We adults sat down in my MIL’s living room, and I explained what Lily had told me. Margaret sighed, her shoulders sagging. “I never meant for Lily to hear that,” she began. “But yes, I have been distant.”

“Look, she looks and acts so much like you, Emily. And you know we’ve never seen eye to eye.” It finally became clear to me. My MIL once loved my daughter when she was a baby. But as she grew older, Lily’s similarities to me became even more pronounced.

She didn’t only act and look like me, she also spoke like me, which Margaret despised. The idea that my daughter was so much like me was something my MIL couldn’t stand when she noticed it.

I was stunned. “So you’re punishing Lily because she reminds you of me?” I asked, my voice rising.

“It’s not that simple,” Margaret replied, looking down at her hands. “The boys remind me of my late husband and David. It’s easier to bond with them.”

David looked at his mother in disbelief, shaking his head, his disappointment evident. “Mom, that’s not an excuse. You can’t treat our children differently because of your feelings towards Emily!”

Margaret’s eyes filled with tears. “I know, but it’s hard. Every time I see Lily, I see all the arguments, all the disagreements.”

I couldn’t believe that she chose to pick favorites and projected her love onto my sons over my daughter. I took a deep breath, trying to stay calm. “Margaret, I understand we’ve had our differences, but that’s no reason to take it out on Lily. She’s a child.”

Feeling hurt for my daughter, I added, “She needs her grandmother’s love just as much as the boys do.”

Margaret looked down, ashamed. “You’re right. I’m sorry. I’ll try to do better.”

David and I exchanged a look. “We appreciate that,” he said. “But for now, I think it’s best if my mom watches the kids.”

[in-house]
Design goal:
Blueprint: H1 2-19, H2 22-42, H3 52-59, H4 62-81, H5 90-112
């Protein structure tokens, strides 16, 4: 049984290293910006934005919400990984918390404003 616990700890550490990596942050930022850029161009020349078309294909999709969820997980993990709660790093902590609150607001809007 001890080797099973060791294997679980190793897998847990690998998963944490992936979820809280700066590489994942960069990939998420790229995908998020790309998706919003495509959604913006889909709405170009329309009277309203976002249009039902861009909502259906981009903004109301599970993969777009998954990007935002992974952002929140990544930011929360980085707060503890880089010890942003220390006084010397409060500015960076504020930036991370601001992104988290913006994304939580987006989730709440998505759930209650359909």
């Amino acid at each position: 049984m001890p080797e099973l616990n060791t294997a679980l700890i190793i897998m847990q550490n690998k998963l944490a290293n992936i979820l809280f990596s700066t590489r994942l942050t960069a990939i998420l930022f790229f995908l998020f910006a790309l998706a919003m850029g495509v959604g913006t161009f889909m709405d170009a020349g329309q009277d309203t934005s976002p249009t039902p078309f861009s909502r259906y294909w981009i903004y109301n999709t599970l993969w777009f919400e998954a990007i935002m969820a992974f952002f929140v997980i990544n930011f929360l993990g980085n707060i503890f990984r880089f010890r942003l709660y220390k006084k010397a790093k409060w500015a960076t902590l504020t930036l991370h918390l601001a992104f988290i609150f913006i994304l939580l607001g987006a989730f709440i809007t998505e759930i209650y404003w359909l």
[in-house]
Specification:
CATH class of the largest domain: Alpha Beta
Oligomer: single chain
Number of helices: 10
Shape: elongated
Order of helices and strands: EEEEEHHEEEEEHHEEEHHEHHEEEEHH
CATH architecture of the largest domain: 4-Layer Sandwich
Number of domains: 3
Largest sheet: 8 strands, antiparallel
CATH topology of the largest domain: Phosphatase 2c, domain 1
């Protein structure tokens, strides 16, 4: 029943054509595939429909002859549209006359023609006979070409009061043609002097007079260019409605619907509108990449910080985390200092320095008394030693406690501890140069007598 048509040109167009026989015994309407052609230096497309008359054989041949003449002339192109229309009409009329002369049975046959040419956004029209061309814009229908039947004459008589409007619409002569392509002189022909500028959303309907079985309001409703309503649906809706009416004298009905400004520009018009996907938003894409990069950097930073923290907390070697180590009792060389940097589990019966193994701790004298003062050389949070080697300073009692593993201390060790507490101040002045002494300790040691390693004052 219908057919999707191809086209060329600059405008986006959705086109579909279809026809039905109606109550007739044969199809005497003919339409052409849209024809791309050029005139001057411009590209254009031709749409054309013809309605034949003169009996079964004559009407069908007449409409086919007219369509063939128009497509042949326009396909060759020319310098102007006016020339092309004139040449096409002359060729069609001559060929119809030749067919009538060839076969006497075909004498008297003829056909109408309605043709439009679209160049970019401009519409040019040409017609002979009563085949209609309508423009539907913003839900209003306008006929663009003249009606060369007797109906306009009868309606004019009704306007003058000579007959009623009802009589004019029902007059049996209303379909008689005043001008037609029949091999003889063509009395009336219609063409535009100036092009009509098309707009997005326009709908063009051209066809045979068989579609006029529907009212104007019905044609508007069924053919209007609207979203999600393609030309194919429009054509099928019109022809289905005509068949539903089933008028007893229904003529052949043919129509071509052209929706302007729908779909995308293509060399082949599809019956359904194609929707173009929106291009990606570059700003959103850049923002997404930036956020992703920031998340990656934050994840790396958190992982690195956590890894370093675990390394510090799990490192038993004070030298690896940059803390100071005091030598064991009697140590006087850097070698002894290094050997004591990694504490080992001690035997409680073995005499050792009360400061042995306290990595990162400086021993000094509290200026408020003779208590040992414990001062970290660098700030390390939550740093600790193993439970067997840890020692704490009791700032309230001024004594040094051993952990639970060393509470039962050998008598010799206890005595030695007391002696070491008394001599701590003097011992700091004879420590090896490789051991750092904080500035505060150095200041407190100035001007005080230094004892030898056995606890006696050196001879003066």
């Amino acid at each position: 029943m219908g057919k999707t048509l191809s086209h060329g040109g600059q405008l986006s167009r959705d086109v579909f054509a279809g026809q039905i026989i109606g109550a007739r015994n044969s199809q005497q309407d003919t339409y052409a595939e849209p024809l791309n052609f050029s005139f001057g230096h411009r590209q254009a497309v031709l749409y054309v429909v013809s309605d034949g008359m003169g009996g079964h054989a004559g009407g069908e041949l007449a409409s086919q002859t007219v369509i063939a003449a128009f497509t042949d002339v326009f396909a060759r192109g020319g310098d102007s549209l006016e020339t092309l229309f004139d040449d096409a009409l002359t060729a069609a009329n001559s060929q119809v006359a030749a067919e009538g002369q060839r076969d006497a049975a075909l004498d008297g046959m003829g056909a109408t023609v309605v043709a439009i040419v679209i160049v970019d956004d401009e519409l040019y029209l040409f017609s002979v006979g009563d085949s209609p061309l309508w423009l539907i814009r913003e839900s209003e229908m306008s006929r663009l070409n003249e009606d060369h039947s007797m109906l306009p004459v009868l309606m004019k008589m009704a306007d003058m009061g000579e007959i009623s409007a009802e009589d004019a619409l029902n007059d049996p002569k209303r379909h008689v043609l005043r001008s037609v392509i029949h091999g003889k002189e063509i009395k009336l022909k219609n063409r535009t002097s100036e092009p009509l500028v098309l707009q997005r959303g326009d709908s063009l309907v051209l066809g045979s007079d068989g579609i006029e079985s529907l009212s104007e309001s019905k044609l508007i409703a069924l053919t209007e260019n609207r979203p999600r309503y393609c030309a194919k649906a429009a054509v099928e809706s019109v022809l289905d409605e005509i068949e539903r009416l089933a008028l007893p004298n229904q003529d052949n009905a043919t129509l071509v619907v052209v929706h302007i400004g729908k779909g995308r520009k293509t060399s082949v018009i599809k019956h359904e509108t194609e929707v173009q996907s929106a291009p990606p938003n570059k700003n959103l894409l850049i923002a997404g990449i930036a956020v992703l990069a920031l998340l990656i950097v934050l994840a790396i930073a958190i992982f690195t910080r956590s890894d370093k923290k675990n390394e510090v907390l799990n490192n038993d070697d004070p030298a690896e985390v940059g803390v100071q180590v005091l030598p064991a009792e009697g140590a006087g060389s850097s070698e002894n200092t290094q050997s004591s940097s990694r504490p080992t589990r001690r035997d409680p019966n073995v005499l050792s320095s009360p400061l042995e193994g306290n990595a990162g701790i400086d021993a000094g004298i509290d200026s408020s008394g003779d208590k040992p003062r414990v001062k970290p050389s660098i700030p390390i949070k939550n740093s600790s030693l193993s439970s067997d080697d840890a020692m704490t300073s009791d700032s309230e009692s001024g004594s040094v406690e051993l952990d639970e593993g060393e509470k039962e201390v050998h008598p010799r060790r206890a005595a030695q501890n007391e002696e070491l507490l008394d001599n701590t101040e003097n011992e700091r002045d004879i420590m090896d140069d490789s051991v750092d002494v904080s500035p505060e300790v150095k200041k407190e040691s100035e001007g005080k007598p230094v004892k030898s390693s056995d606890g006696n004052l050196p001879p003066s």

Margaret looked up, hurt. “Emily, please, I want to see them. I’ll change, I promise!”

I shook my head. “If you get to pick favorites, I get to do so too.” With that, we left, taking the kids with us. At that moment, I loved my husband more than ever for sticking by my side and not contradicting me.

But the next few weeks were tense. Margaret called several times, asking to see the boys, but I held firm. Lily needed to feel loved and included, and until my MIL could show that, I wasn’t going to let her babysit.

One afternoon, my mother came over to watch the kids. She loved all three of them equally, and it showed. Lily was her usual happy self, playing with her brothers without a care in the world. I realized then how important it was for my kids to have a supportive and loving environment.

A month later, Margaret invited us over for dinner. I was hesitant, but David thought it was a step towards reconciliation. When we arrived, my children’s grandmother greeted us all warmly, including Lily. It was a start.

Throughout dinner, Margaret made a concerted effort to engage with Lily. She asked about her school and her friends and even complimented her drawings. Lily beamed, clearly pleased with the attention!

After dinner, Margaret pulled me aside. “Emily, I’ve been thinking a lot about what you said. I want to be a better grandmother. I know it will take time, but I’m willing to work on it.”

I nodded, appreciating her honesty. “That’s all I ask, Margaret. Just treat all the kids with the same love and respect.”

From that day forward, things slowly improved. Margaret spent time with all three children, making sure Lily felt included and loved. It wasn’t perfect, but it was progress.

One evening, as I tucked Lily into bed, she looked up at me and smiled. “Mom, I think Grandma loves me again.”

Tears filled my eyes as I kissed her forehead. “She always did, sweetie. Sometimes grown-ups make mistakes, but what’s important is that they try to fix them.”

Lily nodded, satisfied with my answer. As I turned off the light, I felt a sense of peace. We still had a long way to go, but I knew we were on the right path. And that was enough for now.